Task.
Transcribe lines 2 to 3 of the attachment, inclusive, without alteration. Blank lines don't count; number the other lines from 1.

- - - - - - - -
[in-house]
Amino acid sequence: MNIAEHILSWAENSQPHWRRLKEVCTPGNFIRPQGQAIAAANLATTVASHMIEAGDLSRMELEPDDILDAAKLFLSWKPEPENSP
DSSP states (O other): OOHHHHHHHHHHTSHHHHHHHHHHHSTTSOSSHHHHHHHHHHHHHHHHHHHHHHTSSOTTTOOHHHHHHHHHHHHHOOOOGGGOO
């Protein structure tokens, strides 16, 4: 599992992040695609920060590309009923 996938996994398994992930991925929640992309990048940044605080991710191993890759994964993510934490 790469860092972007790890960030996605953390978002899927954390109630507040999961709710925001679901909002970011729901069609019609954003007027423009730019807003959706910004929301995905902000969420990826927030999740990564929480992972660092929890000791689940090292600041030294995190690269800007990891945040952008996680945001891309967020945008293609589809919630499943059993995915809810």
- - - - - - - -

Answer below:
Amino acid sequence: MNIAEHILSWAENSQPHWRRLKEVCTPGNFIRPQGQAIAAANLATTVASHMIEAGDLSRMELEPDDILDAAKLFLSWKPEPENSP
DSSP states (O other): OOHHHHHHHHHHTSHHHHHHHHHHHSTTSOSSHHHHHHHHHHHHHHHHHHHHHHTSSOTTTOOHHHHHHHHHHHHHOOOOGGGOO